Abstract: SA-OR102

Ultrasonography-Based Volume Status Assessment Unveils Misclassification of AKI in Cirrhotics as Hepatorenal Syndrome

Session Information

  • What Happens After AKI
    November 04, 2017 | Location: Room 295, Morial Convention Center
    Abstract Time: 04:42 PM - 04:54 PM

Category: Acute Kidney Injury

  • 003 AKI: Clinical and Translational


  • Velez, Juan Carlos Q., Ochsner Clinic Foundation, New Orleans, Louisiana, United States
  • Karakala, Nithin, University of Arkansas for Medical Sciences, Little Rock, Arkansas, United States
  • Huggins, John Terrill, Medical University of South Carolina, Charleston, South Carolina, United States

The International Ascites Club criteria for the diagnosis of hepatorenal syndrome (HRS) requires documentation of failure to respond to 2 days of intravenous (IV) volume expansion and/or diuretic withdrawal. We hypothesized that ultrasonography (US)-based bedside techniques to assess volume status may provide clinically significant information to ascertain or disprove the clinical diagnosis of HRS.


A pilot prospective study was conducted to determine the feasibility and clinical utility of US examination of inferior vena cava (IVC) diameter and collapsibility and echocardiographic measurement of velocity time integral (VTI) to assess intravascular volume status in hospitalized adult patients with cirrhosis and acute kidney injury (AKI) who had been deemed adequately volume resuscitated and assigned a clinical diagnosis of HRS.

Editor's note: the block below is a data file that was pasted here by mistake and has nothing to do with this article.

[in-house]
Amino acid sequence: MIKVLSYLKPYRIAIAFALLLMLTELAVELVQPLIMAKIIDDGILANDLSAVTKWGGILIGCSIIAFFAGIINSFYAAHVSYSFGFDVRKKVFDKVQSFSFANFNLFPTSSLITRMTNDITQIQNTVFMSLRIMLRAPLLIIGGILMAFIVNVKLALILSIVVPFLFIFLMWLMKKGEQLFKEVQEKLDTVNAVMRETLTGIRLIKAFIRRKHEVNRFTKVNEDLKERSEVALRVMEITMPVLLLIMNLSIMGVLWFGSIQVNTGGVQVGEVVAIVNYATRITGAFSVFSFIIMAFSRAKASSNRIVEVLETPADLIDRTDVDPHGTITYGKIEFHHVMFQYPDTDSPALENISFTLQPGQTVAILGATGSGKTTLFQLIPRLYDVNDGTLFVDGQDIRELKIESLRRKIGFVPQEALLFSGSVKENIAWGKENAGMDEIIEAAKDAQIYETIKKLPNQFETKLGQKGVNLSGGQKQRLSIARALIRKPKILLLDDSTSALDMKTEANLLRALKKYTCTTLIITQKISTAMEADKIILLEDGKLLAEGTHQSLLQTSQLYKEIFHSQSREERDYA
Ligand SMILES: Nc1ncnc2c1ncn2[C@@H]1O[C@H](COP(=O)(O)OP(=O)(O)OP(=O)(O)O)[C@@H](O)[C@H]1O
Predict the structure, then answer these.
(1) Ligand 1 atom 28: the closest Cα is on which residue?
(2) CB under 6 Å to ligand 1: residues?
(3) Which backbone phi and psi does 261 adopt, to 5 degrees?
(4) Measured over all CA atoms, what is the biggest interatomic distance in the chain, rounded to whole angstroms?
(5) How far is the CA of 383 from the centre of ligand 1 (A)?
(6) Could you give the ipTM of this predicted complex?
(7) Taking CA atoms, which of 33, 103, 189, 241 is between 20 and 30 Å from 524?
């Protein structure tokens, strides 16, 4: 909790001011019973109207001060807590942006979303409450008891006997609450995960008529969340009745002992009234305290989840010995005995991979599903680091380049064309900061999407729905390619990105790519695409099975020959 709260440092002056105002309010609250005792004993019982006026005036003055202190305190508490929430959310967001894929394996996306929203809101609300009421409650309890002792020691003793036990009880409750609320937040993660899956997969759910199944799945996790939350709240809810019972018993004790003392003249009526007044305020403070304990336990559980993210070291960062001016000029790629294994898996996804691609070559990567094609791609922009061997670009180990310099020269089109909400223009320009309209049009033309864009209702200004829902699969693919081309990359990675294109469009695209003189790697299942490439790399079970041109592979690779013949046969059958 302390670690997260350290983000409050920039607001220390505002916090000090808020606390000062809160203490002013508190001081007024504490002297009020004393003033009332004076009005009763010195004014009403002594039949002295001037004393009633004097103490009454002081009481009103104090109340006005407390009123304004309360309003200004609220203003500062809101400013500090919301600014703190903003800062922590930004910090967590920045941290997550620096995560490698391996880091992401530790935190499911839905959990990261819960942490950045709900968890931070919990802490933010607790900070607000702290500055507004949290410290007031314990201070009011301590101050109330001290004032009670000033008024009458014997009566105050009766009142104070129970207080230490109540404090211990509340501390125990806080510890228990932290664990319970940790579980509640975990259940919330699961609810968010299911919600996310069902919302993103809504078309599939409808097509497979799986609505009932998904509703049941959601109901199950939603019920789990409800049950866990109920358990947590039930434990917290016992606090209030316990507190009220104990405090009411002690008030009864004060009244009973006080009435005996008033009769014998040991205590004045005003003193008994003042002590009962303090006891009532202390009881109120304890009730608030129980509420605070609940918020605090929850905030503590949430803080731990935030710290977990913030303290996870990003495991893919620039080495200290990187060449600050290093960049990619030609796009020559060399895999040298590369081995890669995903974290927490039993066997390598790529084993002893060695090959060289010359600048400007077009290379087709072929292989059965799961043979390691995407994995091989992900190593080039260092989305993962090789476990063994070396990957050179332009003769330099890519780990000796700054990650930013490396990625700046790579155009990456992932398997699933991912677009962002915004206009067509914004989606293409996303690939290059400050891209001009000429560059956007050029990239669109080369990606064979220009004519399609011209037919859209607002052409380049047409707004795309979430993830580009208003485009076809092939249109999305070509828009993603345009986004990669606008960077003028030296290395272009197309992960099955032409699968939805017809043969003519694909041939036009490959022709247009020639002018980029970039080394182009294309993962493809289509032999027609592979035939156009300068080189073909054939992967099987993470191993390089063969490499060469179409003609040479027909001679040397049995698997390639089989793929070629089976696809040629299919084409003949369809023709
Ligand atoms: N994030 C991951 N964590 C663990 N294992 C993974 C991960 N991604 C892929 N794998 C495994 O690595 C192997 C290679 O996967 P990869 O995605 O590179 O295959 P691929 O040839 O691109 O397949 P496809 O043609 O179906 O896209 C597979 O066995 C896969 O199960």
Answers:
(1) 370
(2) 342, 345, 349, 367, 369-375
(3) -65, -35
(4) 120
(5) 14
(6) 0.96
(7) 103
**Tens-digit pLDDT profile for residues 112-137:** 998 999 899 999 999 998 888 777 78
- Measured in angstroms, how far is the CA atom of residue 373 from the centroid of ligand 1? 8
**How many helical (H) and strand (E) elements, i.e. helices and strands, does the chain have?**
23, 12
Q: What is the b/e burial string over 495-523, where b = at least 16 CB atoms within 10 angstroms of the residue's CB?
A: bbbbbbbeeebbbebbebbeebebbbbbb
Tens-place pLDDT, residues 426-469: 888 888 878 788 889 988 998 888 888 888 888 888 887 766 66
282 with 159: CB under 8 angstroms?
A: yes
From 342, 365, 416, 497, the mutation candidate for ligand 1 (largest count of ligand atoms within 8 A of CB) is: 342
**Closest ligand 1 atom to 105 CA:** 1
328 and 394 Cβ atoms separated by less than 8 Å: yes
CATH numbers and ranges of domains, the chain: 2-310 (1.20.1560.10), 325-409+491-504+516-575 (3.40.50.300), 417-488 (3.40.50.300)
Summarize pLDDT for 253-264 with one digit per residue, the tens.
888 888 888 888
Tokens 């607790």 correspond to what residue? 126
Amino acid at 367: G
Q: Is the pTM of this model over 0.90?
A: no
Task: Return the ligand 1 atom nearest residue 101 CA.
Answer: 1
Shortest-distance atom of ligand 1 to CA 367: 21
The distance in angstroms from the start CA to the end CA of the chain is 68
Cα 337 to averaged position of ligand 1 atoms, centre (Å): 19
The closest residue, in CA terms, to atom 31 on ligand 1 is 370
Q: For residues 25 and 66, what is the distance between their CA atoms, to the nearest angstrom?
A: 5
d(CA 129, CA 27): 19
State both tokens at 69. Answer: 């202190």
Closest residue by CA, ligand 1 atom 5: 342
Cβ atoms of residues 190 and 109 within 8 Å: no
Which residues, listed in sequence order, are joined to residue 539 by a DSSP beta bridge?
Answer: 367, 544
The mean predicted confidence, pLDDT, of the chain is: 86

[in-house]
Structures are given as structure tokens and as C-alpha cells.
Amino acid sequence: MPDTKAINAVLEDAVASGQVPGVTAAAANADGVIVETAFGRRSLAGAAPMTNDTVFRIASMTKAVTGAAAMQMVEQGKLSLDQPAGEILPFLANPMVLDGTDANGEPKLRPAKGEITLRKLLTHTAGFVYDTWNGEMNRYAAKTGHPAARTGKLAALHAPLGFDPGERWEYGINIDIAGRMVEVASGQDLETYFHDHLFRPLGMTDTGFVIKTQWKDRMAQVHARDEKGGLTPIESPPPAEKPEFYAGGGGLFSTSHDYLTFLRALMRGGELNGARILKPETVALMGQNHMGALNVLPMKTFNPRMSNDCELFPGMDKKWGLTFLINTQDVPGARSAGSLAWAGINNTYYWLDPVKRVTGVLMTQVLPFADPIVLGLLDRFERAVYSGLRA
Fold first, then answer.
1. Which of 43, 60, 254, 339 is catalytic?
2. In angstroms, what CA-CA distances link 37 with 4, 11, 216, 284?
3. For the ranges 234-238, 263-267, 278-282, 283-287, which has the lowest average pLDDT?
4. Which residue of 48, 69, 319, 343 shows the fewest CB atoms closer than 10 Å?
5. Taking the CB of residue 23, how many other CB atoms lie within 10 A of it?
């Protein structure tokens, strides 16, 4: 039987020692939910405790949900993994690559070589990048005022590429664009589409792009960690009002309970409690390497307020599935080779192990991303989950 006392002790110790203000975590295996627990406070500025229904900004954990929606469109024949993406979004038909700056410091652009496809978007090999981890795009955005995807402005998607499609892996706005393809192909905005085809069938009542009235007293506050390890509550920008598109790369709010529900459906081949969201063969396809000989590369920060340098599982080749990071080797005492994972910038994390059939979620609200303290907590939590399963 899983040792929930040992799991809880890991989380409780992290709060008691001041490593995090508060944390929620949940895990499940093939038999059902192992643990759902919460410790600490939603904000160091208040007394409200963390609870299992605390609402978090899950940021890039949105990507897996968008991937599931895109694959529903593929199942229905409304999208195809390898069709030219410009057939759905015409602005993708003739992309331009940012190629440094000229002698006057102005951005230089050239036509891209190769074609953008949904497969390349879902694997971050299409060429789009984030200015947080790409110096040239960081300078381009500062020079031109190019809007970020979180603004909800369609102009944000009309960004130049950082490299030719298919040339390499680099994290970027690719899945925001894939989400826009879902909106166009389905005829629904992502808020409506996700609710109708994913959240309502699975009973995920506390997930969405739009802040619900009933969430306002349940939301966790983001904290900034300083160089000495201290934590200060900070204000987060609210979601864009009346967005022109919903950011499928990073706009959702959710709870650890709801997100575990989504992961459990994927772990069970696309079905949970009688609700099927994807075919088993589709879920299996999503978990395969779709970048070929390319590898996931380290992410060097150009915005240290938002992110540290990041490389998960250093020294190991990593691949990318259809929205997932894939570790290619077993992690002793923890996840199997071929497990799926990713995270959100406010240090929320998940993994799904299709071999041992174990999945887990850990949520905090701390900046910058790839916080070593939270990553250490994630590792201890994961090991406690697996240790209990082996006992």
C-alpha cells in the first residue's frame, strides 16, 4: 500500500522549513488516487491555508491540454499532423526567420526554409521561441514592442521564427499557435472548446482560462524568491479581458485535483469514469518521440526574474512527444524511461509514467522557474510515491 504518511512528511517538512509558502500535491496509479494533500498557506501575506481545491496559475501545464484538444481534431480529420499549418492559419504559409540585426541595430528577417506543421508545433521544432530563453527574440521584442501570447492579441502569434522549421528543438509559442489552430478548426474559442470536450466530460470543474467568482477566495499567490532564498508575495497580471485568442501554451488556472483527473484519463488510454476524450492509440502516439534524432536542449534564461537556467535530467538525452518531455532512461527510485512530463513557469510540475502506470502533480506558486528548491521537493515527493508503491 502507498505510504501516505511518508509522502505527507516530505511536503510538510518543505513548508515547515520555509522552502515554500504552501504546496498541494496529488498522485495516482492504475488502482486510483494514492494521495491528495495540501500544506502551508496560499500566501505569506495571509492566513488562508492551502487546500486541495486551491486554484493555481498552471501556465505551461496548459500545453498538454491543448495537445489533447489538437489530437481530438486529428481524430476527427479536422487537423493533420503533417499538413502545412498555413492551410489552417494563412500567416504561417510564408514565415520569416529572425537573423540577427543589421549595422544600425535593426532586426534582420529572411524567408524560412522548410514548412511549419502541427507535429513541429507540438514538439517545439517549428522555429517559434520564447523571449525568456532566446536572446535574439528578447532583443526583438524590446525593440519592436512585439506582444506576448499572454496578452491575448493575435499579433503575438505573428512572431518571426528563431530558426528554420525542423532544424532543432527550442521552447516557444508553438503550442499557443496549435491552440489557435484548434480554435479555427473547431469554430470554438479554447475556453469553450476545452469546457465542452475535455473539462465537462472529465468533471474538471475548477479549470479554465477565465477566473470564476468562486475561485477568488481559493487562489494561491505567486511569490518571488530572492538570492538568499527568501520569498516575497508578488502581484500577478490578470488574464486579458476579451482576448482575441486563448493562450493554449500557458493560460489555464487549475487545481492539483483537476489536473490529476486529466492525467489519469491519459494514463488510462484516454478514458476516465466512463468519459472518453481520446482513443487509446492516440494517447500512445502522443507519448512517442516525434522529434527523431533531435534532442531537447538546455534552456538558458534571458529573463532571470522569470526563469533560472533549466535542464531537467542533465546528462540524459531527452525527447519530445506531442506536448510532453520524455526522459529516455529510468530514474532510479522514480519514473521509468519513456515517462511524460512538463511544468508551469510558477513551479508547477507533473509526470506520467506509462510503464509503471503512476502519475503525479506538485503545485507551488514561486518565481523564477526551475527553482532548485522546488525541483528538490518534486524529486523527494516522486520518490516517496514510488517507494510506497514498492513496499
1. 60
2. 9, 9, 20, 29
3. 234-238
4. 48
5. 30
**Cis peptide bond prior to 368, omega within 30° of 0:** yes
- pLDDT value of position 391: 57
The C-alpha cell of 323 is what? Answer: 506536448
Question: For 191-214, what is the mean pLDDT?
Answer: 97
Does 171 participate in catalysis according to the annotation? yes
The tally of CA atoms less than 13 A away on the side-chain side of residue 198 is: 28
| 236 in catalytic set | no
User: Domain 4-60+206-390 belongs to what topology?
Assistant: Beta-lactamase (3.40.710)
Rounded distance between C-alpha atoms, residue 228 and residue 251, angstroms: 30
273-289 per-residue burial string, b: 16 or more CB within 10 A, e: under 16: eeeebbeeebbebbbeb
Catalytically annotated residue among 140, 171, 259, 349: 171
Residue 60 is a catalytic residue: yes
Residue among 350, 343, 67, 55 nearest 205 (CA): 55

A total of 52 patients completed the study (mean age 56.2 years, 48% women, 88% white). Mean serum creatinine (sCr) at the time of volume status assessment was 2.9 ± 1.4 mg/dL, and mean Model for End-Stage Liver Disease (MELD) score was 29.8. Twenty-two (42%) patients had an IVC diameter < 1.3 cm and were reclassified as volume depleted, 13 (25%) had an IVC diameter between 1.3 to 2 cm and 17 (33%) had an IVC > 2 cm and were reclassified as volume overloaded. Twenty-four hours later, 12 (55%) of patients reclassified as volume depleted exhibited ≥ 20% decrease in sCr along with improvement in VTI following additional IV volume expansion with ≥ 25 g/day of albumin, whereas 11 (65%) of those reclassified as volume overloaded had ≥ 20% decrease in sCr and improvement in VTI following loop diuretic therapy and/or large volume paracentesis (≥ 5 L). Altogether, 21 (40%) of patients labeled a priori as having HRS partially improved kidney function as a result of a therapeutic intervention guided by US-based volume status assessment.


Utilization of bedside US-based assessment of volume status in cirrhotic individuals with AKI may reduce the likelihood of incorrectly assigning a diagnosis of HRS. Further exploration of the clinical applicability of this approach is warranted.